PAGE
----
By:Robert J. Tamasy
你上次是何時在工作中犯了愚昧的錯誤呢 ? 我們有時的確會做一些愚昧的事，有時候不止一次。或者我改一個方式問：你是否曾經跟一個你認為是愚昧的人或是有時會做些愚昧動作或決定的人一起工作過呢?
第一、愚昧要付出很大的代價 : 一個我們經營很久或是很有價值的事業或工作，往往只因為一個不負責的動作就毀了。「智慧婦人建立家室；愚妄婦人親手拆毀。」(箴言14章1節)
第二、不小心的習慣會讓你成為愚昧的人 : 一個聰明的人會評估其他可行性和後果，拒絕匆匆忙忙就下決定。但是一個愚昧的人總是不顧後果，衝動行事。「通達人的智慧在乎明白己道；愚昧人的愚妄乃是詭詐（或譯：自欺）。」(箴言14章8節)
第三、愚昧人短視近利 : 聰明人會注重在有價值的事物上，但是愚昧人總是分心去做其他的事情。「無知的人以愚妄為樂；聰明的人按正直而行。」(箴言15章21節)
第四、愚昧人口無遮攔: 智慧會引導人說出恰當的話 愚昧人則是想都不想就說出來。「愚昧人張嘴啟爭端，開口招鞭打。 愚昧人的口自取敗壞；他的嘴是他生命的網羅。」(箴言18章6-7節)
勞勃．泰默西是領袖資產協會的傳播部副部長，這是一個總部在美國喬治亞州亞特蘭大的非營利組織。他也是一個有40年經驗的退休新聞工作者。他寫過一本書「最佳狀態的商業：箴言給今日職場的歷久彌新智慧」（Business At Its Best: Timeless Wisdom from Proverbs for Today”s Workplace）。他也與David A. Stoddard合著一本書「導師之心」（The Heart of Mentoring）。要了解更多資訊, 可上網www.leaderslegacy.com 或上他的部落格www.bobtamasy.blogspot.com以及www.bobtamasy.wordpress.com 。
想一想你是否曾經犯了一個愚昧的錯誤，後果或是代價是什麼? 你如何辨認有些人是偶爾犯了愚昧的錯誤，有 些人則總是像個愚昧人呢?舉一二個例子分享。 你覺得有什麼具體可行的方法可以避免犯愚昧的錯誤? 以上幾個愚昧人的特徵，哪一個對你來說最重要?或是最值得你深思?解釋一下你的答案。備註：若你有聖經且想要看有關此主題的其他經文，請看：箴言1章7節、10章14-15節、15章7,20節、16章22節、17章12,16節、 18章13節、19章3節、24章7節、26章4-5、11-12節,29章11節
OF FOOLS AND FOOLISHNESS
By Robert J. Tamasy
When was the last time you did something foolish at work? We have all dabbled in foolish behavior at one time or another, perhaps more than once. But let me ask a different question: Have you ever worked with someone you considered to be a fool, not just a person prone to an occasional foolish act or decision?
It is interesting that many cultures have seen fit to formally recognize fools and foolishness. April 1, in the United States and many other nations, is known as “April Fools” Day.” In some countries they call it “All Fools Day.” For some this provides an excuse for pulling a harmless prank or practical joke on someone, or fooling them by trying to convince them of information that is erroneous.
There are various theories about the origin of April Fools” Day, including Chaucer”s 1392 literary classic, The Canterbury Tales, and observances in Europe and the Middle East that trace as far back as the sixth century. But one thing is certain: Fools – and foolishness – have existed since the beginning of time.
There is the saying that “a fool and his money are soon parted.” Another states, “Fools rush in where angels fear to tread.” Most of us have been guilty of forming bad relationships, making questionable investments or poor decisions that left us wondering, “What was I thinking?” But there is a difference between occasional foolishness and habitually being a fool, professionally or personally.
It is not surprising that the timeless collection of writings called the Bible speaks about foolishness – and fools. Much of it applies to the 21st century workplace. Here is a sampling from the book of Proverbs:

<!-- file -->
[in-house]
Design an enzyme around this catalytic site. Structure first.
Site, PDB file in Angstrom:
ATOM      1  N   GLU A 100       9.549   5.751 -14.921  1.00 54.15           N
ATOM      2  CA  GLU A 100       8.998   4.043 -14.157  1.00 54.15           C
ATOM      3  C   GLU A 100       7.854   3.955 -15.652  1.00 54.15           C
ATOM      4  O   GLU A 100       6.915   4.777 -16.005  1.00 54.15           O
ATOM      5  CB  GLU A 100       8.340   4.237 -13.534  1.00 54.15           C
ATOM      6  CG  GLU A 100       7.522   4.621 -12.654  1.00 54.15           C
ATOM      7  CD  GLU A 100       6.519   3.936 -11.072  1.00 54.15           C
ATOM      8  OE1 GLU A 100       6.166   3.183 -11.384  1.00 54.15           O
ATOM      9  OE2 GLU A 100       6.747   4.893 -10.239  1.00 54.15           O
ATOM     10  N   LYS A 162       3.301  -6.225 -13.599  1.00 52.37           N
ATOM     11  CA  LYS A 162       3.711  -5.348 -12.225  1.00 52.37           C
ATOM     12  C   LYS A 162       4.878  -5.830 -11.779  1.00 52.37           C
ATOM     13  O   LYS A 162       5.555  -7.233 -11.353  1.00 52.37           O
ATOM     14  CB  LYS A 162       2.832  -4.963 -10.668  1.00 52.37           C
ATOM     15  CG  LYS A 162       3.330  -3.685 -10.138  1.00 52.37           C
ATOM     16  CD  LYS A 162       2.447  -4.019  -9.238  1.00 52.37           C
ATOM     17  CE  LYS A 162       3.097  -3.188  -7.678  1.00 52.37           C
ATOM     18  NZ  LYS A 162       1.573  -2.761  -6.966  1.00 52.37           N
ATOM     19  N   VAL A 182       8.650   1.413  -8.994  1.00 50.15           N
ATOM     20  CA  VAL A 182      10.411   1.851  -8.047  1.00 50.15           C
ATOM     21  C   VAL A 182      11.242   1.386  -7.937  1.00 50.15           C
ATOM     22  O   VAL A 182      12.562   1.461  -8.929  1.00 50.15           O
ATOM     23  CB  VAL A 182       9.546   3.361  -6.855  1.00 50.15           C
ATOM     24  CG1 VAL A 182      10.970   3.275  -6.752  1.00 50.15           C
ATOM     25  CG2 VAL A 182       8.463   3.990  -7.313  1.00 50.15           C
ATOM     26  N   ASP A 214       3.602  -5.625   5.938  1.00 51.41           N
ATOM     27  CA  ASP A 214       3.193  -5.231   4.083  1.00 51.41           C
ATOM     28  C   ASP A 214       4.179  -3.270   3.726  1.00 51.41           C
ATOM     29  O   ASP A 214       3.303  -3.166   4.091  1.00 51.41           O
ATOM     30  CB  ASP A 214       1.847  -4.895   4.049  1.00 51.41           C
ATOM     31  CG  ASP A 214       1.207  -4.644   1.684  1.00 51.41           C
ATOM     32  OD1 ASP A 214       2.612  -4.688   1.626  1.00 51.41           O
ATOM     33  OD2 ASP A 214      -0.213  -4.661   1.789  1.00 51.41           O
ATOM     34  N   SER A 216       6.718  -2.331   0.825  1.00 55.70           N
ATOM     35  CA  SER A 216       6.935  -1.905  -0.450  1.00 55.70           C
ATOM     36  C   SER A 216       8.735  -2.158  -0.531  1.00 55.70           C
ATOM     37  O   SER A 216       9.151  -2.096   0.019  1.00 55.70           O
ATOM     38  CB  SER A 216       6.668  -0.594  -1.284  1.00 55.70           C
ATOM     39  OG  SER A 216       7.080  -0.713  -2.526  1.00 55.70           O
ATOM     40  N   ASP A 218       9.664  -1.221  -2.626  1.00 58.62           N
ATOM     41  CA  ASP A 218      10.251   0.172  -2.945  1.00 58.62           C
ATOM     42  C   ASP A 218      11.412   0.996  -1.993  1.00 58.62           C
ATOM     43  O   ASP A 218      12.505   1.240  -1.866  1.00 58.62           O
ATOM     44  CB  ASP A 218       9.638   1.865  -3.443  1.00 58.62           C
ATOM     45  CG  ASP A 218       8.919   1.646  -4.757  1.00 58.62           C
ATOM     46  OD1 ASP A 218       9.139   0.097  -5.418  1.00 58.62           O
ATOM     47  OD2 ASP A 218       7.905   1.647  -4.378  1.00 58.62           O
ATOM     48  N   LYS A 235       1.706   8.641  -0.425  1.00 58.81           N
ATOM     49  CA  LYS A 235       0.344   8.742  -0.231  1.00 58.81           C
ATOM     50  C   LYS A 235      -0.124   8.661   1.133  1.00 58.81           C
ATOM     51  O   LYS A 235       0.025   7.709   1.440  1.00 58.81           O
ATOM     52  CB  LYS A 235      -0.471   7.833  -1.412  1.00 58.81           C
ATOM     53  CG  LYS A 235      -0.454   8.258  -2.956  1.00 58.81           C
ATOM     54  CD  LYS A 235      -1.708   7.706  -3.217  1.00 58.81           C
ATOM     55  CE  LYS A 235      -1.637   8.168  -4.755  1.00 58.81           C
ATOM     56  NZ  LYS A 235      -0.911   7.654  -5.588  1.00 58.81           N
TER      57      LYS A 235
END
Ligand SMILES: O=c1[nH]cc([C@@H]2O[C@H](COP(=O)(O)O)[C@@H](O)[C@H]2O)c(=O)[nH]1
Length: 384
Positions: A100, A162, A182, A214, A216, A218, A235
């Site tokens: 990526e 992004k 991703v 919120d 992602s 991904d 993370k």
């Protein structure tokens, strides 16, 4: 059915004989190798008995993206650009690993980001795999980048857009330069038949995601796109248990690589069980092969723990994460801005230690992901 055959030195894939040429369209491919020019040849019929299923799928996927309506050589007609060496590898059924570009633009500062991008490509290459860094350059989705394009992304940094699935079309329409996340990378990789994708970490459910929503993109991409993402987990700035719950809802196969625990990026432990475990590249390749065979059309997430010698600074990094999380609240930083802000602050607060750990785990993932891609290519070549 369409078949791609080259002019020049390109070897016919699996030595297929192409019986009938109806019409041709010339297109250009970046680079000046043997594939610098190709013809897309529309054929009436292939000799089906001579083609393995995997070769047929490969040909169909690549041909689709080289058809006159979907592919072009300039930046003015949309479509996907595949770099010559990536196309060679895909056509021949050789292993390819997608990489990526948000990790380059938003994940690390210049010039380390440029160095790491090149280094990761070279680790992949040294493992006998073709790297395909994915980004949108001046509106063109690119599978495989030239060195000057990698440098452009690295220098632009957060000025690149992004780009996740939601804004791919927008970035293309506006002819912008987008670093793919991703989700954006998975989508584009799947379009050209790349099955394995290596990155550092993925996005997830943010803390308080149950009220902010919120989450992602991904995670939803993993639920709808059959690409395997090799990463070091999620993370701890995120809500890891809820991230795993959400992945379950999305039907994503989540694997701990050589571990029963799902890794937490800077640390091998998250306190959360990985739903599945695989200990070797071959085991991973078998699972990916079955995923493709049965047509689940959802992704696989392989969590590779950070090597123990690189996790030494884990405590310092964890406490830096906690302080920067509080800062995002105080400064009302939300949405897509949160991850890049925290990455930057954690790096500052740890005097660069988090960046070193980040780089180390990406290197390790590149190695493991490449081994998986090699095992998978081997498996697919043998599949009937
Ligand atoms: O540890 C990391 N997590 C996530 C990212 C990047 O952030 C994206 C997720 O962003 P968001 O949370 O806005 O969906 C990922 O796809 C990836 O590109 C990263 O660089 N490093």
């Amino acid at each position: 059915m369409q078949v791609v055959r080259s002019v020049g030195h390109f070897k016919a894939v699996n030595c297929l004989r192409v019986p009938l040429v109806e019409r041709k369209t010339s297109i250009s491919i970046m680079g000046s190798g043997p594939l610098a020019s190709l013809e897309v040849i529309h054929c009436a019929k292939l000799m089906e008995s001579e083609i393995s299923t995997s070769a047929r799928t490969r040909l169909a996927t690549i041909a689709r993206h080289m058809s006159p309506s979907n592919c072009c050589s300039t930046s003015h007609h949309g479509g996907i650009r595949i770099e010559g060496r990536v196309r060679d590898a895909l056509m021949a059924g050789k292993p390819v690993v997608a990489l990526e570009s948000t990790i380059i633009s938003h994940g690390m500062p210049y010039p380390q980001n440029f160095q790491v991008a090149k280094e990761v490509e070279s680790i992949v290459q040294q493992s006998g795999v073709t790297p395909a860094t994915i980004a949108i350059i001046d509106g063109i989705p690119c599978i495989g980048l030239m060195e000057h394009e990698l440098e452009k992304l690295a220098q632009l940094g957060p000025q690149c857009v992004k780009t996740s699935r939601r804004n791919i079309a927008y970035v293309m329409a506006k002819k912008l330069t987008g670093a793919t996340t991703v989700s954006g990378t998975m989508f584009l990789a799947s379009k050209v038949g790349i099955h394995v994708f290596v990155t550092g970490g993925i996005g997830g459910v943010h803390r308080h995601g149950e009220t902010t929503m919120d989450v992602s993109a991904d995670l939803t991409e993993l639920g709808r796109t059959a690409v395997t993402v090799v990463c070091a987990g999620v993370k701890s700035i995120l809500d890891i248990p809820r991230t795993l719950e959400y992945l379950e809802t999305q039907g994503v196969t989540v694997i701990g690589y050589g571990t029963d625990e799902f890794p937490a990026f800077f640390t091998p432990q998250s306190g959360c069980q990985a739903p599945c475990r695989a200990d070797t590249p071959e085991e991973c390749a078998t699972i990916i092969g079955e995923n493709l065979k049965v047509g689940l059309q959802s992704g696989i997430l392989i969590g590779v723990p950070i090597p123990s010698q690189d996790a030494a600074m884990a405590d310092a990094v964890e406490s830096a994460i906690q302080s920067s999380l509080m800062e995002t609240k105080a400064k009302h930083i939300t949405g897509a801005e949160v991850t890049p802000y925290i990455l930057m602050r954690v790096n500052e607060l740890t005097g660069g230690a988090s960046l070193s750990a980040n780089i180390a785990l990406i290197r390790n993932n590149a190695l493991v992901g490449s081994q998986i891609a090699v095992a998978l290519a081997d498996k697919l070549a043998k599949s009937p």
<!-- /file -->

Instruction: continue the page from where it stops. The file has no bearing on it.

The high cost of foolishness. We can labor years to build up something worthwhile – a business, a career, a marriage or family – that can be destroyed with a single act of irresponsibility. "The wise woman builds her house, but with her own hands the foolish one tears it down" (Proverbs 14:1).
The mindless habits of being a fool. A wise person refuses to make hasty decisions, evaluating alternatives and weighing possible consequences. But a fool acts on impulse without worrying about negative outcomes. "The wisdom of the prudent is to give thought to their ways, but the folly of fools is deception" (Proverbs 14:8).
The short-sightedness of the foolish. Wisdom prompts people to remain focused on worthwhile goals, but foolish people can be easily sidetracked and lose sight of their objectives. "Folly delights a man who lacks judgment, but a man of understanding keeps a straight course" (Proverbs 15:21).
The undisciplined, reckless speech of a fool. Wisdom guides people in what is appropriate to say – and what not to say. Foolish people are quick to speak without considering the aftermath of their words. "A fool”s lips bring him strife, and his mouth invites a beating. A fool”s mouth is his undoing, and his lips are a snare to his soul " (Proverbs 18:6-7).
The irresponsible stewardship of the fool. A wise person strives to utilize resources properly and carefully, but fools are wasteful and rarely plan for future needs. “In the house of the wise are stores of choice food and oil, but a foolish man devours all he has” (Proverbs 21:20).
Robert J. Tamasy is vice president of communications for Leaders Legacy, Inc., a non-profit organization based in Atlanta, Georgia, U.S.A. A veteran journalist, he has written Tufting Legacies (iUniverse); Business At Its Best: Timeless Wisdom from Proverbs for Today”s Workplace (River City Press); and has coauthored with David A. Stoddard, The Heart of Mentoring (NavPress). For more information, see www.leaderslegacy.com or his blogs, www.bobtamasy.blogspot.com and www.bobtamasy.wordpress.com.
Think of a time when you committed a foolish act or made a foolish decision that you feel comfortable sharing with others. What was that – and what were the consequences, if any? How would you distinguish between people that sometimes do foolish things and people who consistently act like fools? Give an example or two. What do you think would be some practical ways to avoid foolish actions or choices? Of the principles cited about foolishness and being a fool, which seem most significant to you – or have provoked your thinking? Explain your answer.NOTE: If you have a Bible and would like to read more about this subject, consider the following passages: Proverbs 1:7, 10:14-15, 15:7,20, 16:22, 17:12,16, 18:13, 19:3, 24:7, 26:4-5,11-12, 29:11